People can also object to the way you use their personal information, particularly if you do so for marketing purposes, and they can challenge the accuracy of their personal data. They also have the right to ask you to delete it. These rights don’t apply in all circumstances, but you need to know the rules, take any requests seriously and make sure you respond to them within a month.
It’s no good having sound data protection systems in place if your staff don’t know of or understand them. This means you’ll need to provide your employees with regular training on this issue to make sure their knowledge and skills are up to date.
Having secure computers and IT systems is at the core of effective data protection. If you don’t get a handle on this issue, you risk serious data breaches.
What are the common causes of data breaches?
The first step to enhancing your IT security is to understand the threats your business faces. Here, we outline what causes data breaches, and how you can resist these threats.
Short for ‘malicious software’, this is a general term for intrusive software created to destroy or damage computers and IT systems. Examples include spyware, ransomware, viruses, adware and worms. Malware is often used by cybercriminals to steal data in order to leverage this information for financial gain.
Weak and stolen passwords
Lost or weak passwords can be used by opportunistic criminals to gain access to personal and confidential information.
This refers to criminals using psychological manipulation to gain access to sensitive information. Phishing emails are a common example. This is when criminals send emails posing as reliable sources. Recipients are encouraged to click links within the emails. In some cases, these links load dummy pages specifically created to steal information. In other instances, they install malware.
The theft or loss of devices such as laptops and tablets that contain sensitive information can result in data security breaches. For example, thieves may break into an office and steal equipment, or a company laptop may be accidentally left on a train and end up in the wrong hands.
Poorly written software applications and network systems that are badly implemented or designed can leave the door open for hackers.
Anyone with bad intentions towards your company, from a disgruntled employee to an unhappy contractor, may copy, steal or alter sensitive data.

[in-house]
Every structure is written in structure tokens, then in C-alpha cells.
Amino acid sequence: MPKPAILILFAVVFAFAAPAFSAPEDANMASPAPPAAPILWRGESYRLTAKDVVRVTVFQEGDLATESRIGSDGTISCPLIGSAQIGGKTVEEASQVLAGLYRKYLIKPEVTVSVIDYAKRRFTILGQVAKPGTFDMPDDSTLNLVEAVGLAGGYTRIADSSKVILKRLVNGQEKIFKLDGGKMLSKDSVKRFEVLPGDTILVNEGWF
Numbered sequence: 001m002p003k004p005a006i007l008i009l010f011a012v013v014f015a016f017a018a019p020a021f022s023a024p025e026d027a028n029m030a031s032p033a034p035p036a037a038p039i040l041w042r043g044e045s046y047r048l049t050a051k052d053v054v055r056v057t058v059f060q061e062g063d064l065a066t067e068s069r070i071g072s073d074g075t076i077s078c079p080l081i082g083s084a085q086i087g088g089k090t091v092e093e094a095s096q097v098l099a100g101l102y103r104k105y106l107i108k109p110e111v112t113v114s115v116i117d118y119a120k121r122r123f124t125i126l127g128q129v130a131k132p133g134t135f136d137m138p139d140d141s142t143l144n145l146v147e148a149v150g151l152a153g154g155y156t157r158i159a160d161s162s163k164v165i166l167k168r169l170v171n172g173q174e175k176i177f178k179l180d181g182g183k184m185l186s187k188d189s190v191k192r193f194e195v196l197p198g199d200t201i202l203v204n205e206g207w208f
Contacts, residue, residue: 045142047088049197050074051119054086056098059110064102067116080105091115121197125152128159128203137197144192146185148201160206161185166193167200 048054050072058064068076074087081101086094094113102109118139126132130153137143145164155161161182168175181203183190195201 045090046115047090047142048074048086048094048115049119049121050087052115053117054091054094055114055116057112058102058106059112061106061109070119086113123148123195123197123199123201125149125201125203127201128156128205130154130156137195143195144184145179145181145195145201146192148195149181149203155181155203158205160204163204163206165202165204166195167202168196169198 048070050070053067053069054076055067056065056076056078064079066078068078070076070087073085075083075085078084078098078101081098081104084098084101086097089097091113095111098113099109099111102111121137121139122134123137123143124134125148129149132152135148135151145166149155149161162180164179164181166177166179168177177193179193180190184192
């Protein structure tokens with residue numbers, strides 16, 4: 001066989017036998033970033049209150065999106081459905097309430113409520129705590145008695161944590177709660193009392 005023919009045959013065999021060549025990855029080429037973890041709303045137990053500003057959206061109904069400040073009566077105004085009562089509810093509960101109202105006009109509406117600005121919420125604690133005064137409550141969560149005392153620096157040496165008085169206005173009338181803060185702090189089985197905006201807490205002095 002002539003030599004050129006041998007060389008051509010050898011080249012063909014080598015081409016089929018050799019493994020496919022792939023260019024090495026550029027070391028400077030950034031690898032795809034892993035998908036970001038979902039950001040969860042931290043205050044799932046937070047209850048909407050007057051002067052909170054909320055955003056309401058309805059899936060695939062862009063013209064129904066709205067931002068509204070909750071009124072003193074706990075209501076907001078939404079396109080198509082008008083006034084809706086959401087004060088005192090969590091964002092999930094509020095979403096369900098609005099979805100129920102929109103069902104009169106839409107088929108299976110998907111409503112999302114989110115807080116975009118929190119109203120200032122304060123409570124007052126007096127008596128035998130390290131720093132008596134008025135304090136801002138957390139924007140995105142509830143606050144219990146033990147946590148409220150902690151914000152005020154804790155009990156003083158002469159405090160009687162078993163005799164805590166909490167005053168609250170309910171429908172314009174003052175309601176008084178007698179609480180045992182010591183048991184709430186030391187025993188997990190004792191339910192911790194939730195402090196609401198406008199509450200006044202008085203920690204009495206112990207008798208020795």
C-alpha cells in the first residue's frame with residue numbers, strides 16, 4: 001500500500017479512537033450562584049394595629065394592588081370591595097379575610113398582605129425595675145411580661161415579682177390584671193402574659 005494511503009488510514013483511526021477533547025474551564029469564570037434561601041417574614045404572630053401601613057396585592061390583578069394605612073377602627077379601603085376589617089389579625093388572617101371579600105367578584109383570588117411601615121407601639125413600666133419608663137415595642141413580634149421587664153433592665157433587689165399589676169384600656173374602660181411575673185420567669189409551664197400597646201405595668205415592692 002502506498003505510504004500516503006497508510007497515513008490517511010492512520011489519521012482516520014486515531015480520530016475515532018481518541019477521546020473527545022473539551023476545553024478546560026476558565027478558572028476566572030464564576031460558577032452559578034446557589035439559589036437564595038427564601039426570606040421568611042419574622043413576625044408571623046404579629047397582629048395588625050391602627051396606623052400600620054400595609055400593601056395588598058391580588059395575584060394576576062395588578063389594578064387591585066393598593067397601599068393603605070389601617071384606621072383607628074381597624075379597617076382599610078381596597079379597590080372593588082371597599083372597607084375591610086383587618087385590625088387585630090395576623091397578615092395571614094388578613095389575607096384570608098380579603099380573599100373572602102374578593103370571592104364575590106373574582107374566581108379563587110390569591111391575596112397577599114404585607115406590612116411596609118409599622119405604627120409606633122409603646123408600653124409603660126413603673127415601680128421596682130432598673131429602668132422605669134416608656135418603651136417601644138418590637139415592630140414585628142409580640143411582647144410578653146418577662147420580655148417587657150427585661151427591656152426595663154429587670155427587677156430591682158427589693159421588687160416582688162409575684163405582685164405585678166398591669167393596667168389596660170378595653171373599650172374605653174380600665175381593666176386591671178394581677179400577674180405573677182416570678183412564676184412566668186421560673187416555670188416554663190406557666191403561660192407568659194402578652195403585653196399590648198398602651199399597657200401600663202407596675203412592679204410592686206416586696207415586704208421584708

How to protect your business against data breaches
As well as being able to identify the data security threats your business faces, you need to know how to prevent data breaches. For example, as part of a cybersecurity plan, you should:
● Install and maintain effective anti-virus software
● Use complex passwords, and avoid sharing passwords
● Keep all hardware and software fully patched and updated
● Ensure staff have ongoing IT security training
● Follow safe practices for wireless security
● Have suitable security measures in place for remote working and working while travelling
● Be on the lookout for possible security threats from personnel
● Take out appropriate cyber insurance in case a problem arises
Even with effective security systems in place, there is always a risk that something will go wrong. It’s therefore essential that you know how to respond to a data protection breach. In serious cases, you need to report the breach to the ICO within 72 hours of discovering it. In less serious instances, you may not be required to report the incident to the ICO, but you should still act quickly to limit the harm caused.
Any delay could make the situation worse, and could therefore result in much greater damage to your business and its reputation.
If you’re unsure of whether the breach needs to be reported to the regulator, you can use the self-assessment for data breaches tool on the ICO site to help you decide.
As we’ve highlighted previously in this blog, the consequences of a data breach can be serious. You may face large fines from the ICO, as well as private compensation claims from the affected parties. In fact, the financial fallout from these lapses can be devastating and potentially put the future of your business in jeopardy.
How can cyber insurance help?
Taking appropriate IT security measures will minimise the chances of a breach, but you can never reduce the risk to zero, particularly as cyber criminals are increasingly sophisticated in their attacks. With this in mind, it makes business sense to take out cyber liability insurance.
This financial cover will protect your business if you fall victim to a malicious attack on your data and IT systems. It will cover the costs of restoring equipment and data, meeting ransom demands and informing the affected parties. It will also cover your loss of net profits and the legal defence fees and damages you may be liable to pay. As well as the extra financial security it offers, this type of insurance can give you added peace of mind.